All of that is very difficult work, and eventually fortune smiled on our fishing expeditions when my uncle and dad decided to get a modest work boat. Boats are great fun, and certainly there aren’t enough regular folks putting boats out on the Harbor these days. The problem with a boat is that this time of year, you have to take it out of the water for the winter. Once you hit on some Stripers, or at least tried valiantly several times, it was time to buck up and do the dirty work of loading up the boat and prepping it for storage. Even a little boat like ours was a hassle.

The boat we had came to a sudden end during the “take out” one year. We never had one again.

The trick for a regular guy to get a boat out is to wait until just the right time at high tide to pull the trailer out on to a rocky beach, float the thing in place with the favorable tide, strap it on and go. That’s a perfect world though, and nothing about a boat is perfect.

On that fateful day, my uncle was driving the boat in and my dad and I had trailer duty. The tide was perfect, but my uncle was sentimental about the end of summer and tried to squeeze in a few rips around the Harbor to celebrate the end of the season. My father grew impatient, but there were no cell phones to call on and scream for my uncle to get to the business at hand. We flashed the headlights impatiently, but he just kept going. That’s when the motor stalled out.

Time was wasting and nearly 45 minutes went by before my uncle had it running again. My dad was furious, screaming curse words I had rarely heard him utter across the endless pool of water, which was now receding quickly to low tide.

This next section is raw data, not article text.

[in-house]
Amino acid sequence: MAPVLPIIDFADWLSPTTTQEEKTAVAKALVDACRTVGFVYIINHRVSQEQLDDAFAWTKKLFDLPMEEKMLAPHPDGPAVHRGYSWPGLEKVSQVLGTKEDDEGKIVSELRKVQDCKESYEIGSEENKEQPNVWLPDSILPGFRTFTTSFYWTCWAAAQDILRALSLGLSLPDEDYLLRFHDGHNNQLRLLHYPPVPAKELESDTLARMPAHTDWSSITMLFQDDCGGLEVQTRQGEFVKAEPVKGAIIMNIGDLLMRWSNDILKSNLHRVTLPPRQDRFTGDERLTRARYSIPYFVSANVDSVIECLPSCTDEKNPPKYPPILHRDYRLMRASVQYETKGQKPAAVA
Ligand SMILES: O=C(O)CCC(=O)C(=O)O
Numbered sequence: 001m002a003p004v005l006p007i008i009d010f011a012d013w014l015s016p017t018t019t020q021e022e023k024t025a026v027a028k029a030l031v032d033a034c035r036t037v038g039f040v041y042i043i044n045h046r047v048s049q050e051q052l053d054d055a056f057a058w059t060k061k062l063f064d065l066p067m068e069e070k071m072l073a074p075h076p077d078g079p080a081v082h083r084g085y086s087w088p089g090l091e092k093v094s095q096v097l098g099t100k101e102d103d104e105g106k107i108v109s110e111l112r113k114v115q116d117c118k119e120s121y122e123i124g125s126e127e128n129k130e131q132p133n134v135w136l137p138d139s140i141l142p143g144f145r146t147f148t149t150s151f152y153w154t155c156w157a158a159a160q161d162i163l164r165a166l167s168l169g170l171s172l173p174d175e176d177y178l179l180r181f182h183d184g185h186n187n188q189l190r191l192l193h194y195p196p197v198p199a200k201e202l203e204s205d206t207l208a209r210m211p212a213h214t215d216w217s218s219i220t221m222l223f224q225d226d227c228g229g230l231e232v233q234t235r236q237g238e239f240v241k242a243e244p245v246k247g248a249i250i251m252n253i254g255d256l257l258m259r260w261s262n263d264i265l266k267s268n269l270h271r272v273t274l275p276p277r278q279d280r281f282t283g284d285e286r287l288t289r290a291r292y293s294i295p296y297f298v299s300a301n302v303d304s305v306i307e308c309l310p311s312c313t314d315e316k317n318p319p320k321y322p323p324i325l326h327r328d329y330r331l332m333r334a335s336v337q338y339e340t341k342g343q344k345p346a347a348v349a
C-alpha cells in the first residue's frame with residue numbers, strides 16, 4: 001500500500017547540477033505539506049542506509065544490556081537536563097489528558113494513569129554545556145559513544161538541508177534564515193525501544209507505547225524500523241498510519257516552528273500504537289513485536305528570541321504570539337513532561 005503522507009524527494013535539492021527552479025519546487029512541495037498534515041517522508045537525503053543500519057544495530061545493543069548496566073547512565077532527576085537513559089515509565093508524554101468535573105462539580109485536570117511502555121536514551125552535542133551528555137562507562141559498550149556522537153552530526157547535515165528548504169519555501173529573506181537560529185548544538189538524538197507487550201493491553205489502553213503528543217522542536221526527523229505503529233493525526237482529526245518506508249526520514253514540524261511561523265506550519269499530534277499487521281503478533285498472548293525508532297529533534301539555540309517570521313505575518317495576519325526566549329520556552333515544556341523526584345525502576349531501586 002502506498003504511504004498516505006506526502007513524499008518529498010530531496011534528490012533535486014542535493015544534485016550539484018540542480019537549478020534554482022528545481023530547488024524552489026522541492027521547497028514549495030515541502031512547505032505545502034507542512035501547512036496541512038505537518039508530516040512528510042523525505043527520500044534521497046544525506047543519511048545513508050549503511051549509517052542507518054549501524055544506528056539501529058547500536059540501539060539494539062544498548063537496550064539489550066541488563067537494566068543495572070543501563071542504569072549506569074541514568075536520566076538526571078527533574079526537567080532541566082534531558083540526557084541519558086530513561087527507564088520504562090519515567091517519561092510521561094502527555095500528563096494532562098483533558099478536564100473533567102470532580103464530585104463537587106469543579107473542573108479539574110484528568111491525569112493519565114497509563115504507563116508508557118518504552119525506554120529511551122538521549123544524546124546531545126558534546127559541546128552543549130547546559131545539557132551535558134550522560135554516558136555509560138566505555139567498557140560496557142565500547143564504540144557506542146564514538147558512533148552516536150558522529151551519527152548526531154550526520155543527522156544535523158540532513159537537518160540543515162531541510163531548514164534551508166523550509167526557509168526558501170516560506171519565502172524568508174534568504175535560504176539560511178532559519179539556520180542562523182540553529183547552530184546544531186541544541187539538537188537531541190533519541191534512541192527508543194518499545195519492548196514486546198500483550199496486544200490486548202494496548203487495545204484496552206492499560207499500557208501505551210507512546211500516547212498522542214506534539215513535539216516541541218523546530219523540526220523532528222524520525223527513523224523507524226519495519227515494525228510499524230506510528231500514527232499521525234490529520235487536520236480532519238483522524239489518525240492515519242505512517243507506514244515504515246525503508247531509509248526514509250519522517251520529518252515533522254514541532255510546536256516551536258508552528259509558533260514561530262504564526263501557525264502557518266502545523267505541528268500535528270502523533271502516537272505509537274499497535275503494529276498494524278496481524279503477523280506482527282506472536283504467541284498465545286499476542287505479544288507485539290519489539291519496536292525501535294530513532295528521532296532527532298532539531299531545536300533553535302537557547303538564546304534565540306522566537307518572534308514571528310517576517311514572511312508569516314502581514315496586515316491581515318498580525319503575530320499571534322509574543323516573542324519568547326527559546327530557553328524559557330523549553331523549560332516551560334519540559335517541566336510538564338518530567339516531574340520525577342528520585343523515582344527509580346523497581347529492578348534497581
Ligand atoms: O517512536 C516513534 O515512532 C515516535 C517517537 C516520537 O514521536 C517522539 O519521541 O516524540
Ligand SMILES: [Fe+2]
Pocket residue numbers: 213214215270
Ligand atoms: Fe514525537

My uncle roared up towards the shore and screamed up to us from about 200 yards away that he was still going to give it a shot. He wanted us to back out further into the surf; said it was still high enough. As he circled back around, he smacked a large, vertical rock. The boat was destroyed almost instantly – with a hole the size of basketball smashed through the fiberglass hull.

It’s a tough thing at the age of 14 to be the only thing – aside from 200 yards of water – standing between your father and his brother, whom he wanted to kill. His fury burned, and my uncle stood on the bow of the boat watching helplessly as the water rushed in. There might have been serious violence had my dad possessed a gun or crossbow at that moment. But instead he took it out on me, screaming in all directions. He demanded my uncle get back on shore and they were going to have it out.

My uncle wasn’t going to do anything of the sort.

“The captain always goes down with the ship,” he yelled back, as the boat disappeared into about seven feet of quickly receding tidal waters.

The boat sank; it was all over.

Then my uncle started to swim away, heading towards what is now Marina Bay in Quincy, looking to avoid my dad at all costs.

I’m pretty sure he made it there, but I didn’t see him for a few years.